U.S. cyber security professionals say suspected foreign hackers who recently attacked computer systems of the Democratic Party could do something even more sinister in the future. The cyber pros, who appeared on this week’s Hashtag VOA program, said U.S. electronic voting systems are likely to be among the next targets. When the whistle-blowing website WikiLeaks published leaked emails of the U.S. Democratic National Committee last month, it caused major embarrassment to the party, and forced U.S. Congresswoman Debbie Wasserman Schultz to quit her position as the DNC chairperson. Cybersecurity analyst Richard Forno said that outcome shows foreign hackers can achieve political goals and incentivizes them to escalate their attacks.
“Interfering with the electoral and political process of countries is a classic tool of intelligence and foreign policy,” said Forno, who directs the University of Maryland’s Center for Cybersecurity. “Even though we are moving toward an era of electronic and technology-enabled voting in more places, this [DNC cyberattack] reinforces the fact that the traditional threats are still with us, and are now moving further into cyberspace.”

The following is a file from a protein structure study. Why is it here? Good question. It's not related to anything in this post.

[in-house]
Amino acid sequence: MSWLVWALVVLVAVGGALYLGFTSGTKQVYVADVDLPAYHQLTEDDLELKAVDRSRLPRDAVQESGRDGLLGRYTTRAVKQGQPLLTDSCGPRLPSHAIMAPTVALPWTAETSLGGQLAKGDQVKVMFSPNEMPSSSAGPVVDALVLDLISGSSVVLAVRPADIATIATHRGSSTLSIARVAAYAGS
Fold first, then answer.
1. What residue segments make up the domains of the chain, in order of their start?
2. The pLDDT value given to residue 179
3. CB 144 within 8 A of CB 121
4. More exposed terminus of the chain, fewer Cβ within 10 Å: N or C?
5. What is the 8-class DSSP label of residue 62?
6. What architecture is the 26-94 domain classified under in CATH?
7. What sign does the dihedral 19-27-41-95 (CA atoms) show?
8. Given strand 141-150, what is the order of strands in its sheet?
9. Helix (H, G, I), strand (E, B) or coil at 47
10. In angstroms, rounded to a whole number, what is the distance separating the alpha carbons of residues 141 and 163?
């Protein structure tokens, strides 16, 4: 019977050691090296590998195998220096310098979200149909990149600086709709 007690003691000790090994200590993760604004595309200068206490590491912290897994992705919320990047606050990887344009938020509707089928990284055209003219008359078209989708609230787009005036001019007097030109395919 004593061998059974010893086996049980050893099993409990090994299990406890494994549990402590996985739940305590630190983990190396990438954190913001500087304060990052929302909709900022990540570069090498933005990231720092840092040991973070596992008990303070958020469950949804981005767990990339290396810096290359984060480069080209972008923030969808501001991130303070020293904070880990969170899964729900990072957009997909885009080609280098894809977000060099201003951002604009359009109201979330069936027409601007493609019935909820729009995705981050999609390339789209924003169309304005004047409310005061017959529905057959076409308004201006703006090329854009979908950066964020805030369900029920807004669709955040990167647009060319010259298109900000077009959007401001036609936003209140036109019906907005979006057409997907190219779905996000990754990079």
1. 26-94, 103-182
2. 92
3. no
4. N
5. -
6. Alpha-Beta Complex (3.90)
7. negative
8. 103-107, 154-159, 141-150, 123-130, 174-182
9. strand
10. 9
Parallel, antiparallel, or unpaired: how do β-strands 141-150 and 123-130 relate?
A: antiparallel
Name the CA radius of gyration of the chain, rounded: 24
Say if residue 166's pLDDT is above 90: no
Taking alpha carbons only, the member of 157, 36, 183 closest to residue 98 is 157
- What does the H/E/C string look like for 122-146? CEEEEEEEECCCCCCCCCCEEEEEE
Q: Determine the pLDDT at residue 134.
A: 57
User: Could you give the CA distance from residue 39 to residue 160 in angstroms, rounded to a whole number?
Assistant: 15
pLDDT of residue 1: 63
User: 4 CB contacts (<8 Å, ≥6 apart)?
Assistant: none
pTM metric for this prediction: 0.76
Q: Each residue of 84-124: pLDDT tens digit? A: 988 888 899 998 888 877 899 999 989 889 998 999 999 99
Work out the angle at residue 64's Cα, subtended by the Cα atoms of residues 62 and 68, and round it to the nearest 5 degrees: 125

Electronic voting machines are part of that cyberspace. The vast majority of U.S. states will use them for this November’s national elections. But a 2015 study by New York University found that 43 of those states had machines that were at least a decade old.
Could they be hacked as well? Cyber security pros attending an annual Las Vegas conference known as Black Hat think so.